Wednesday, 19 November 2014

Not in my Name Campaign

A blog post by Ann Jones, NFWI Trustee and Chair of Federations of Wales Committee

25th November is the International Day for the Elimination of Violence Against Women.  It is also recognised as White Ribbon Day; a day when men and boys across the world pledge their support to never commit, condone or remain silent about violence against women.
Since 2008, the WI has been campaigning to end violence against women with a focus on awareness raising and combating stereotypes about violence against women. It is shocking to note that up to three million women across the UK experience rape, domestic abuse, forced marriage, stalking, sexual exploitation and trafficking, female genital mutilation or so-called ‘honour’-based violence each year. As highlighted by the independent research commissioned by the NFWI in 2009, violence against women is a hidden issue happening in towns and cities across the country.  A survey of members undertaken back in 2008 found that nearly half of members surveyed had experienced violence themselves or knew of someone who had experienced some form of violence.

A culture change is needed so that violence against women is unacceptable and is not tolerated by society. Engaging with boys and men is crucial in challenging the inequalities and attitudes that cause violence against women.  Education and prevention must start at an early age and schools have a significant role to play. By addressing these issues from an early age it is hoped that children and young people will grow up in a culture of respect and equality.

The Welsh Government’s draft Gender-Based Violence, Domestic Abuse and Sexual Violence (Wales) Bill is currently being scrutinised by the National Assembly for Wales.  In our response to Stage 1 of the consultation process, we highlighted our disappointment that education was omitted from the face of the Bill and emphasised the importance of education and prevention in schools. We called for high quality and consistent educational and preventative initiatives on violence against women and girls and healthy relationships to be delivered across all schools as a compulsory element of the National Curriculum.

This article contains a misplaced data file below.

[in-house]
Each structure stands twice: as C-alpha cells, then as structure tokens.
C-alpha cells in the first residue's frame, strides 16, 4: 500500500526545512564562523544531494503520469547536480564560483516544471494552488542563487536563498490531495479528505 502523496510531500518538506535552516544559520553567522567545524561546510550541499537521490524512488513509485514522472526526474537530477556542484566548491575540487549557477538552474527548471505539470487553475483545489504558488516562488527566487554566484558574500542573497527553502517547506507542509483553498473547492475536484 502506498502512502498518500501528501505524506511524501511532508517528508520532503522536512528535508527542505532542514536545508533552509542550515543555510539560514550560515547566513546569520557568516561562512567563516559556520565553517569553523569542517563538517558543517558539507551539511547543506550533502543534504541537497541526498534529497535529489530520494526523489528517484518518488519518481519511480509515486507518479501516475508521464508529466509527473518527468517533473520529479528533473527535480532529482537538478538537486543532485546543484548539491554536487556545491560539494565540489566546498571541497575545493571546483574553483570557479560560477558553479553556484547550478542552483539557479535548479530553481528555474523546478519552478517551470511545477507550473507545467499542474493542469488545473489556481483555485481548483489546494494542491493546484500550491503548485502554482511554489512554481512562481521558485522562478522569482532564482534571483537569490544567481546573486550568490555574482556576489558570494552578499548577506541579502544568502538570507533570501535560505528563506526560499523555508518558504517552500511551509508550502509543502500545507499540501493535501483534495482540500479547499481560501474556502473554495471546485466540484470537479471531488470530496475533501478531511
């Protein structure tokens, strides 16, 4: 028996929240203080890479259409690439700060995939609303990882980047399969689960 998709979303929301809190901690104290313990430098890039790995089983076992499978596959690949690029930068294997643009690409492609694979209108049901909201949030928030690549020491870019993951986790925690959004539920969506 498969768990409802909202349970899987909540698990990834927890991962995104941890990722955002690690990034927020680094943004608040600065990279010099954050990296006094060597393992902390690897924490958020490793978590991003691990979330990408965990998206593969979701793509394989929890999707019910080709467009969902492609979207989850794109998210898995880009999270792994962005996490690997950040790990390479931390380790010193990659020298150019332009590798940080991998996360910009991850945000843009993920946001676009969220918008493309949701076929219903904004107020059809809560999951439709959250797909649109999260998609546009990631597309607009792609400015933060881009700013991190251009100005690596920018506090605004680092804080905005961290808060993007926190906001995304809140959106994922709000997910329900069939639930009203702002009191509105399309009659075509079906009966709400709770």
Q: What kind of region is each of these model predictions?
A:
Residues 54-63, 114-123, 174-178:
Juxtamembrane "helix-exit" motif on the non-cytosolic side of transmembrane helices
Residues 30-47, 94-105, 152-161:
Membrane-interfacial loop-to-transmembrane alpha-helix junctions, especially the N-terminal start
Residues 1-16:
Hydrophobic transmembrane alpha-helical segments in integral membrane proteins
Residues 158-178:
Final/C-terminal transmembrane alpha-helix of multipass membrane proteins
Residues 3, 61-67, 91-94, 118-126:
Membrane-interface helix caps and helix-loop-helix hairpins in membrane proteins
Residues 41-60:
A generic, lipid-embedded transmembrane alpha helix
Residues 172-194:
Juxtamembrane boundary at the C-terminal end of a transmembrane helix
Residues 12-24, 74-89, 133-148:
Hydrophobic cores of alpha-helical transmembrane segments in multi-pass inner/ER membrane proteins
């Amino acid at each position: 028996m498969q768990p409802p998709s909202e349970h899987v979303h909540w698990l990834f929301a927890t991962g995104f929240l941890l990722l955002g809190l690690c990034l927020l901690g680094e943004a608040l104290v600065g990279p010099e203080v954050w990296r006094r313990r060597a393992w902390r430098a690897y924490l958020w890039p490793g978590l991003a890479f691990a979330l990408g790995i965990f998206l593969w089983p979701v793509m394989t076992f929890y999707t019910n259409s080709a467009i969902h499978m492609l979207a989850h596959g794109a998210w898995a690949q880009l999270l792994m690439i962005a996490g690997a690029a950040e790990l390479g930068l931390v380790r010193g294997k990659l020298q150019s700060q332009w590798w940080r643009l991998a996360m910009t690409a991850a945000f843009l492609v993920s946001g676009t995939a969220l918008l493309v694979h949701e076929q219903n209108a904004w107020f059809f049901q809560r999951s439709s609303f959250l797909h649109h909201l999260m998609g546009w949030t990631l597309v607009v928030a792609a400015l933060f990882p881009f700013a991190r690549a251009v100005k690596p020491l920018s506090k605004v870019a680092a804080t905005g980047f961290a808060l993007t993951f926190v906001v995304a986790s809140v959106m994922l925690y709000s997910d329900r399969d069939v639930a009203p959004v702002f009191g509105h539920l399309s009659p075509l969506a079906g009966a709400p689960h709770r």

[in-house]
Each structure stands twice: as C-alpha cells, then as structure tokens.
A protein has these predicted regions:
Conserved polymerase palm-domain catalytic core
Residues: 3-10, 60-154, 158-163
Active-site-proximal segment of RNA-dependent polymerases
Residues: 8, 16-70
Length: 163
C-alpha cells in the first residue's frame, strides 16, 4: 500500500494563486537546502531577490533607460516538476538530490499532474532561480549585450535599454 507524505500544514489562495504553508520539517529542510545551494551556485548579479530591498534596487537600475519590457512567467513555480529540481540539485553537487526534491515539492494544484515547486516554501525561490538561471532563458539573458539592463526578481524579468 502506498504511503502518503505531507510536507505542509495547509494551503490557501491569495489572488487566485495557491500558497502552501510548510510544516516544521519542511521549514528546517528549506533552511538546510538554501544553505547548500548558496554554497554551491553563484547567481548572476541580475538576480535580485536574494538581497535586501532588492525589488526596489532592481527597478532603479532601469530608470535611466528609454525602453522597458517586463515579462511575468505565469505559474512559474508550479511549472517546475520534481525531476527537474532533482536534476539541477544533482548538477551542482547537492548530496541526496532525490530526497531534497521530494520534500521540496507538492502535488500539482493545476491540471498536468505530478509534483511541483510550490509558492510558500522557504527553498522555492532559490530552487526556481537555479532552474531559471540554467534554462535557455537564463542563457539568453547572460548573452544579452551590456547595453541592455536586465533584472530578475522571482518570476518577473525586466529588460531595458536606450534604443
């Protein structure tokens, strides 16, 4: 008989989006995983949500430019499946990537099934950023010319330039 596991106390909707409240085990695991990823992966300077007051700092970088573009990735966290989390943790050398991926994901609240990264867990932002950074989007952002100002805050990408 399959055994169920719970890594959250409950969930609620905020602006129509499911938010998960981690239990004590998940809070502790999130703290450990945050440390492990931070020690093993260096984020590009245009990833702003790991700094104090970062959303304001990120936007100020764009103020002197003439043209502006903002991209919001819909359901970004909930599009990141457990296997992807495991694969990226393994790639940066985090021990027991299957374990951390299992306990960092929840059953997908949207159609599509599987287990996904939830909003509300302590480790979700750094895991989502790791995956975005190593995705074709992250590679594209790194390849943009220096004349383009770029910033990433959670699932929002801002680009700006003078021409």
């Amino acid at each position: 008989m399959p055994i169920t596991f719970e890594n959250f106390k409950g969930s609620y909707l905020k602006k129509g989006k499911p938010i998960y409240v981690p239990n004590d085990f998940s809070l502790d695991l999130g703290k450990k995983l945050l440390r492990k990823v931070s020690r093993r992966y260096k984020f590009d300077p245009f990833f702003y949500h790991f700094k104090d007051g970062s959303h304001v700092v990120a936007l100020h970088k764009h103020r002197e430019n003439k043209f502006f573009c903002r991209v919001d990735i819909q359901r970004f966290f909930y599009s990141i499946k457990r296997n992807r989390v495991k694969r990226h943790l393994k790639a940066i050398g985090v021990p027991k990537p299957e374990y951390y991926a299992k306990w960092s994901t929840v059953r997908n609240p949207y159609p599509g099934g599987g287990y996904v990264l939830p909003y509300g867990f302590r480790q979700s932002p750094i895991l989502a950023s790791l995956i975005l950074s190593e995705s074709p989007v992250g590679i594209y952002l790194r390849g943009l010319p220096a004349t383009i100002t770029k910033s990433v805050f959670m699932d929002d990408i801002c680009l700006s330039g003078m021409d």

In 2012 we joined up with Joyce Watson AM, Assembly Member for Mid and West Wales to establish the Not in my Name Campaign which involves the recruitment of male ambassadors to make a stand against male violence against women. Over the years, the campaign has secured the support of a number of high profile clubs and groups including the Cardiff Devils Ice Hockey Team, the Welsh Rugby Union, Only Men Aloud, NFU Cymru, Farmers’ Union of Wales, the Wales YFC, Wrexham FC and Newport FC. This year, we are delighted to have the Cardiff Blues rugby club supporting the campaign. Sportsmen are role models for the future generations and their support has an important part to play in challenging those attitudes that persist.

WIs have engaged many local groups such as male voice choirs, rotary clubs, local football and rugby clubs and businesses to pledge their support. By using their strong links in the community, they have been able to raise awareness about violence against women and gather the support of men in publicly condemning such behaviour.

To help spread the message that violence against women is unacceptable, we have set up a Thunderclap message to enable ambassadors to pledge their support to ending violence against women. At midday on 25th November, a Thunderclap message stating that violence against women will not be tolerated will be posted on supporters’ Facebook and Twitter accounts if we get 100 supporters signed up.  

Please do support the Thunderclap at and encourage others to do so also.

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